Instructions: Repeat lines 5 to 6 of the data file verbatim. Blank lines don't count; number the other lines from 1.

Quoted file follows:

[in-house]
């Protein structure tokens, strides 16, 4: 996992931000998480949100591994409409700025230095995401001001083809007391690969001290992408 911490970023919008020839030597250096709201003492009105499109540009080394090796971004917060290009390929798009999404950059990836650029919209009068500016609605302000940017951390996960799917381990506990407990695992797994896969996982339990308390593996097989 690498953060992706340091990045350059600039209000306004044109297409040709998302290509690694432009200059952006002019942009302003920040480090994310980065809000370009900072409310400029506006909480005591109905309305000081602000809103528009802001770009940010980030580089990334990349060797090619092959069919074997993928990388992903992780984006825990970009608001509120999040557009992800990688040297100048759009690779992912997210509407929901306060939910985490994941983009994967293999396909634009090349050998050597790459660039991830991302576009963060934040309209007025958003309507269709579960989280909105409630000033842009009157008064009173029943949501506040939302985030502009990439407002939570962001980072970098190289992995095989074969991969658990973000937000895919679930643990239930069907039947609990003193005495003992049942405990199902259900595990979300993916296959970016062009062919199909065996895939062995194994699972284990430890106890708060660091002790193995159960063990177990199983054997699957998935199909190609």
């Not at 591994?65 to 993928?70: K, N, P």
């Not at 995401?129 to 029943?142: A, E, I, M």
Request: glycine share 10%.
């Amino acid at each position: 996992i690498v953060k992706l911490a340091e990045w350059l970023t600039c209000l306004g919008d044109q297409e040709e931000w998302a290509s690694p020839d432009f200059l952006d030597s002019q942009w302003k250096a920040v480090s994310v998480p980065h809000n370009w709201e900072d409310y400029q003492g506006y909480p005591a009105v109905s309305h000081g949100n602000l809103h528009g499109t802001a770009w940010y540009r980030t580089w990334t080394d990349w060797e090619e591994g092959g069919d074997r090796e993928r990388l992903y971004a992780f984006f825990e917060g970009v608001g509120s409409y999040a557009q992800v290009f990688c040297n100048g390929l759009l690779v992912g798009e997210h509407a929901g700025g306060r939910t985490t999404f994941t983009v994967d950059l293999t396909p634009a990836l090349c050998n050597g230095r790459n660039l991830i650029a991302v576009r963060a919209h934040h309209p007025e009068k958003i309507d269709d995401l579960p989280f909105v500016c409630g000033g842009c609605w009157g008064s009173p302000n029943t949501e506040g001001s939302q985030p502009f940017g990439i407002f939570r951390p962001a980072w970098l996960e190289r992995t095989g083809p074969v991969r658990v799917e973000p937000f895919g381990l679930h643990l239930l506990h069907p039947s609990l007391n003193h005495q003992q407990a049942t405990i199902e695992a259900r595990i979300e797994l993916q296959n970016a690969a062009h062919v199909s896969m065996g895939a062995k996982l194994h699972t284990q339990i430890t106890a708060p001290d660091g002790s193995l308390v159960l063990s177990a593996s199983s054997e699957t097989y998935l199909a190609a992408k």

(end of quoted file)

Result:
Request: glycine share 10%.
């Amino acid at each position: 996992i690498v953060k992706l911490a340091e990045w350059l970023t600039c209000l306004g919008d044109q297409e040709e931000w998302a290509s690694p020839d432009f200059l952006d030597s002019q942009w302003k250096a920040v480090s994310v998480p980065h809000n370009w709201e900072d409310y400029q003492g506006y909480p005591a009105v109905s309305h000081g949100n602000l809103h528009g499109t802001a770009w940010y540009r980030t580089w990334t080394d990349w060797e090619e591994g092959g069919d074997r090796e993928r990388l992903y971004a992780f984006f825990e917060g970009v608001g509120s409409y999040a557009q992800v290009f990688c040297n100048g390929l759009l690779v992912g798009e997210h509407a929901g700025g306060r939910t985490t999404f994941t983009v994967d950059l293999t396909p634009a990836l090349c050998n050597g230095r790459n660039l991830i650029a991302v576009r963060a919209h934040h309209p007025e009068k958003i309507d269709d995401l579960p989280f909105v500016c409630g000033g842009c609605w009157g008064s009173p302000n029943t949501e506040g001001s939302q985030p502009f940017g990439i407002f939570r951390p962001a980072w970098l996960e190289r992995t095989g083809p074969v991969r658990v799917e973000p937000f895919g381990l679930h643990l239930l506990h069907p039947s609990l007391n003193h005495q003992q407990a049942t405990i199902e695992a259900r595990i979300e797994l993916q296959n970016a690969a062009h062919v199909s896969m065996g895939a062995k996982l194994h699972t284990q339990i430890t106890a708060p001290d660091g002790s193995l308390v159960l063990s177990a593996s199983s054997e699957t097989y998935l199909a190609a992408k």